March 31 loomed for months as the day when the U.S. Treasury would stop purchasing $1.25 trillion worth of mortgage-backed securities and effectively remove a major support to the fragile housing market.
(The Treasury began purchasing these securities in 2008 and increased their efforts in 2009, successfully pushing long-term mortgage rates below 5%.)
But now that the program has ended, economists interviewed by BUILDER suggest that builders—and others involved in the housing market—don’t need to panic. “This has been so well advertised,” says Scott J. Brown, chief economist for Raymond James & Associates in St. Petersburg, Fla. “Investors have had plenty of time to get used to it. The Fed has been gradually unwinding its liquidity programs. … This is just one more step toward getting back to equilibrium.”
Economic ‘equilibrium’ was certainly not the situation in 2008, when the Fed established the program. The financial markets were in extreme disorder, companies were failing, the government had taken over Fannie Mae and Freddie Mac, and consumers and businesses alike were slamming their wallets shut.
Mortgage rates, as high as 6.2% in October 2008, according to Brown, didn’t help matters. But the Fed’s “extraordinary measure”—a $1.25 trillion MBS purchase program--lowering rates to the 4% and 5% range in 2008 and 2009. “When it started buying the securities, it had a huge impact,” Brown says. “But by now, the private sector demand has returned.”
Currently, rates for a 30-year fixed-rate loan stand at 5.08%, according to Freddie Mac’s weekly survey. That’s the second-highest level so far this year, but that remains low compared to historical standards.
The economists that spoke to BUILDER this week believe rates will rise, but not significantly, in the year to come. David Crowe, chief economist for the NAHB, forecasts that mortgage rates will rise20 basis points in 2010’s second quarter, to 5.4%. Patrick Newport, U.S. economist for IHS Global Insight, expects a relatively small increase of between 10 and 30 basis points. “I don’t think that’s a deal killer for man transactions,” he says.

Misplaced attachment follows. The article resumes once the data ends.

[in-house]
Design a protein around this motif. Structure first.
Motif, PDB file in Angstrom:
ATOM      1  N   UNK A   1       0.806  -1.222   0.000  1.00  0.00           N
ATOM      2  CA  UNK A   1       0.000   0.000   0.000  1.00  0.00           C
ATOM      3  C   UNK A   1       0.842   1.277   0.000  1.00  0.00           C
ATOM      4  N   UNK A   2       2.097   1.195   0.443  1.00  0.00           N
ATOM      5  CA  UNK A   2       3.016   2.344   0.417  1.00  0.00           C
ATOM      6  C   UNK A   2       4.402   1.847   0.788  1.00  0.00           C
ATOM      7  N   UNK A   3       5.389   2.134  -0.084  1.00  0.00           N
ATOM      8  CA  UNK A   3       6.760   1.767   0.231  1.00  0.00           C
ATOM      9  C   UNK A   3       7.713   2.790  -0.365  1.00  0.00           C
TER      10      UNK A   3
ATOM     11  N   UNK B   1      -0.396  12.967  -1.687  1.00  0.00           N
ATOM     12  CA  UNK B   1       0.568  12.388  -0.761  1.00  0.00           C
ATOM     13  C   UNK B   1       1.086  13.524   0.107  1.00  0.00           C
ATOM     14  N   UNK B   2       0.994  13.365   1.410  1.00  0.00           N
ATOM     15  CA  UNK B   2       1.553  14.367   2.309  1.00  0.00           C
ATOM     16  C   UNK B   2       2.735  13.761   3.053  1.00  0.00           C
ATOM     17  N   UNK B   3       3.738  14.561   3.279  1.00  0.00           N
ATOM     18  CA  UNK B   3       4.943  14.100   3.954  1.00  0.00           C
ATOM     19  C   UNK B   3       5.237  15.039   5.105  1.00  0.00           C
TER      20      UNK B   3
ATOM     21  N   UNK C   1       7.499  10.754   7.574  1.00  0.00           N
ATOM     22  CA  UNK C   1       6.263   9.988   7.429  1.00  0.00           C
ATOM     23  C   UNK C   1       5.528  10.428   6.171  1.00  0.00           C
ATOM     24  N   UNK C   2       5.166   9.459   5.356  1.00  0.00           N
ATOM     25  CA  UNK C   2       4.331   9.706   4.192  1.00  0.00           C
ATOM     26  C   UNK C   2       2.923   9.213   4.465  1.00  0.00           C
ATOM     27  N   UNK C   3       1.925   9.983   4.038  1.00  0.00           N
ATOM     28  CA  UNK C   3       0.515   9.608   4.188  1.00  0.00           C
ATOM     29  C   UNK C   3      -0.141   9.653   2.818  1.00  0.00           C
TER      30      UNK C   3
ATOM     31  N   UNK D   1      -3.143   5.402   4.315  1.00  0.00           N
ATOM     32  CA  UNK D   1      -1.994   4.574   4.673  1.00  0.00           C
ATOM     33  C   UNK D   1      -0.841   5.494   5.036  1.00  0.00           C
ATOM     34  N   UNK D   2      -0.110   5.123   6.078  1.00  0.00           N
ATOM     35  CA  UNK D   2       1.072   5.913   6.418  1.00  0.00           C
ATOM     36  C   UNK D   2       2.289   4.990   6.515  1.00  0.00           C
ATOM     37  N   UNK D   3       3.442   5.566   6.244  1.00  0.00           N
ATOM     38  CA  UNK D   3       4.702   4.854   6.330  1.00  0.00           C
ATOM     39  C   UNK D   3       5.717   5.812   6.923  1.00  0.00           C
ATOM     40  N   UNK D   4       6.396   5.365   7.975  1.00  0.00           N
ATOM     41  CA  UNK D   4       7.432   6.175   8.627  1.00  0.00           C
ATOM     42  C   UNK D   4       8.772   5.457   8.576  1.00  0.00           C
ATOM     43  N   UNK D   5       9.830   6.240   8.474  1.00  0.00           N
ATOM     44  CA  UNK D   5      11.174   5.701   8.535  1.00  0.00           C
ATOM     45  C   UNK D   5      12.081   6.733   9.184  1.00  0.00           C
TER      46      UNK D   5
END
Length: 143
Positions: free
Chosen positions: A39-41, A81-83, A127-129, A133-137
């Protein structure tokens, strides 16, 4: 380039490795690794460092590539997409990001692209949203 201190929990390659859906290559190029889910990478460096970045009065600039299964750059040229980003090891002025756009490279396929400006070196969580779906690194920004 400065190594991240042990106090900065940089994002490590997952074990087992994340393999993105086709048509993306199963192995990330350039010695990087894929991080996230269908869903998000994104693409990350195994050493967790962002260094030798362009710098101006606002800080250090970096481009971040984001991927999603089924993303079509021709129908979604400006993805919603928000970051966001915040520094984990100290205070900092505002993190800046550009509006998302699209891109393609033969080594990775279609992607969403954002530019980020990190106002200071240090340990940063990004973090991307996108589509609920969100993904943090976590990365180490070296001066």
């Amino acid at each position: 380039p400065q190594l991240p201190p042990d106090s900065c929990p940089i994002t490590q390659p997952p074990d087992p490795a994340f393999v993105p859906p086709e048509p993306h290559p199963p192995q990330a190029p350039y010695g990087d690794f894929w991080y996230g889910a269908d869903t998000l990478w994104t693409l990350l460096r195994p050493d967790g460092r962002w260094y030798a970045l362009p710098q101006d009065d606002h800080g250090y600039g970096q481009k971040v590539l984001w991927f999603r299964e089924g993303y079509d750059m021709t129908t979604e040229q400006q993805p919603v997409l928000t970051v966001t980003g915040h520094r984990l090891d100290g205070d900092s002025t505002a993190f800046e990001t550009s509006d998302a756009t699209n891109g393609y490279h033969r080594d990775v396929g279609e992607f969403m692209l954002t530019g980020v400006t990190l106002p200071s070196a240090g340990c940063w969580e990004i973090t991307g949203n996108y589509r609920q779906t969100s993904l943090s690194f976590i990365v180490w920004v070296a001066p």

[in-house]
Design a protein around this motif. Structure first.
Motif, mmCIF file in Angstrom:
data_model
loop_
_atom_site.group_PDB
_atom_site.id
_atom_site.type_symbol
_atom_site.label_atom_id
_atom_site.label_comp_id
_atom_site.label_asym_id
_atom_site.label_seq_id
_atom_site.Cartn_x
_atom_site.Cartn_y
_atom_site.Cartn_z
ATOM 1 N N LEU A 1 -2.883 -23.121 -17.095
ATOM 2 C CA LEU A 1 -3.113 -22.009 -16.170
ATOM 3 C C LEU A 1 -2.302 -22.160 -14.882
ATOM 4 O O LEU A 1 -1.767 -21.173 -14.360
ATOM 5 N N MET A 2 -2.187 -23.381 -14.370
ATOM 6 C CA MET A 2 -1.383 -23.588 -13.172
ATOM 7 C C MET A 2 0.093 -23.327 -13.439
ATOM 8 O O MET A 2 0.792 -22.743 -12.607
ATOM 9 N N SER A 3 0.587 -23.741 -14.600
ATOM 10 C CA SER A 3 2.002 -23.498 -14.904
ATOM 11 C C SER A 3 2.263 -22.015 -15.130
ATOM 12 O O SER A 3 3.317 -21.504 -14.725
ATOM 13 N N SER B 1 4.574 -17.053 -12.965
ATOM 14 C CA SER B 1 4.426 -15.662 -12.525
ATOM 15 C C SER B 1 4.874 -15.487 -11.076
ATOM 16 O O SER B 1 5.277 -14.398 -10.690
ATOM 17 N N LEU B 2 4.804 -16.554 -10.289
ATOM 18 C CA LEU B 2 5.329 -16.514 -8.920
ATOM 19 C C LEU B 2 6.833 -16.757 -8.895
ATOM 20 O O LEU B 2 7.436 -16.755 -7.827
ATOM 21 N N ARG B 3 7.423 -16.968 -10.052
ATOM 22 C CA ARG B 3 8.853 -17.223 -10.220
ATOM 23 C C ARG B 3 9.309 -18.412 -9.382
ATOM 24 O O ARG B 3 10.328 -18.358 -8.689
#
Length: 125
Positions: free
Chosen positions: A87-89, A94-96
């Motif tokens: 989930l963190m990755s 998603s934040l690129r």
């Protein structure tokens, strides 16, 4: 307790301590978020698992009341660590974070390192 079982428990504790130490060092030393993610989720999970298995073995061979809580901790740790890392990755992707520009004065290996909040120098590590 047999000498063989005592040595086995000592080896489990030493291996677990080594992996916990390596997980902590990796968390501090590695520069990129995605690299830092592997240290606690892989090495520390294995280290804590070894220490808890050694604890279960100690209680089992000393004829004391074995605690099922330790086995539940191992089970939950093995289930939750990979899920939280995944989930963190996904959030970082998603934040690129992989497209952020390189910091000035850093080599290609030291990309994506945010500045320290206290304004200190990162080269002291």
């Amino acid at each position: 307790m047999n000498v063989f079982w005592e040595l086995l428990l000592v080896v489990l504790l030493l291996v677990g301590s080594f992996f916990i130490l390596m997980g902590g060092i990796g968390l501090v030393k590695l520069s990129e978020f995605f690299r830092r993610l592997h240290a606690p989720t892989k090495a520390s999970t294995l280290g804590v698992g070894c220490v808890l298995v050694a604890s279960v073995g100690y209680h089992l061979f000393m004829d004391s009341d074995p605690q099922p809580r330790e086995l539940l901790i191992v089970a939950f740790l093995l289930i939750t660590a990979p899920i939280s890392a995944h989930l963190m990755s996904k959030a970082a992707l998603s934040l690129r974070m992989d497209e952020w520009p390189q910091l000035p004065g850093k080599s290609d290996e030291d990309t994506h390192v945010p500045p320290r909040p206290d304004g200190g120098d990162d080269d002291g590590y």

Of course, it wouldn’t take much to topple today’s barely-still-standing housing market. “The housing market is still fragile, and a strong wind could knock it off its perch,” Crowe acknowledges. “But I believe an overall improvement in the general economic situation” will support the housing market, even as the federal housing tax credit deadline approaches at the end of this month.
Some number-watchers have suggested that the absence of the Fed might lead to more volatility in mortgage rates, but others say such movements would be small. “There could be. It’s been a pretty steady curve of demand from the Fed, and the private sector tends to be more fickle,” Brown says. “It will probably bounce around over time. One month it might be 20 basis points higher, another month it might be 20 basis points lower. But it’s only a difference of a half-point either way. … I think the bigger factor in housing is jobs.”
Crowe also suggest that mortgage rates are not the biggest factor on American’s home buying decisions at the moment. “I think the greater volatility is in the consumer and consumers’ attitudes,” he says.
Perhaps those sensibilities are finally swinging in builders’ direction, at least through April 30, when the tax credit ends. “I think the tax credit is starting to kick in, and it’s starting to show up in the numbers,” Newport asserts. “The Mortgage Bankers Association’ weekly mortgage application index this week is the biggest it’s been since the beginning of November, when it just collapsed” as Congress considered whether extend the credit, then scheduled to expire Nov. 30, 2009.
Alison Rice is senior editor, online, at BUILDER magazine.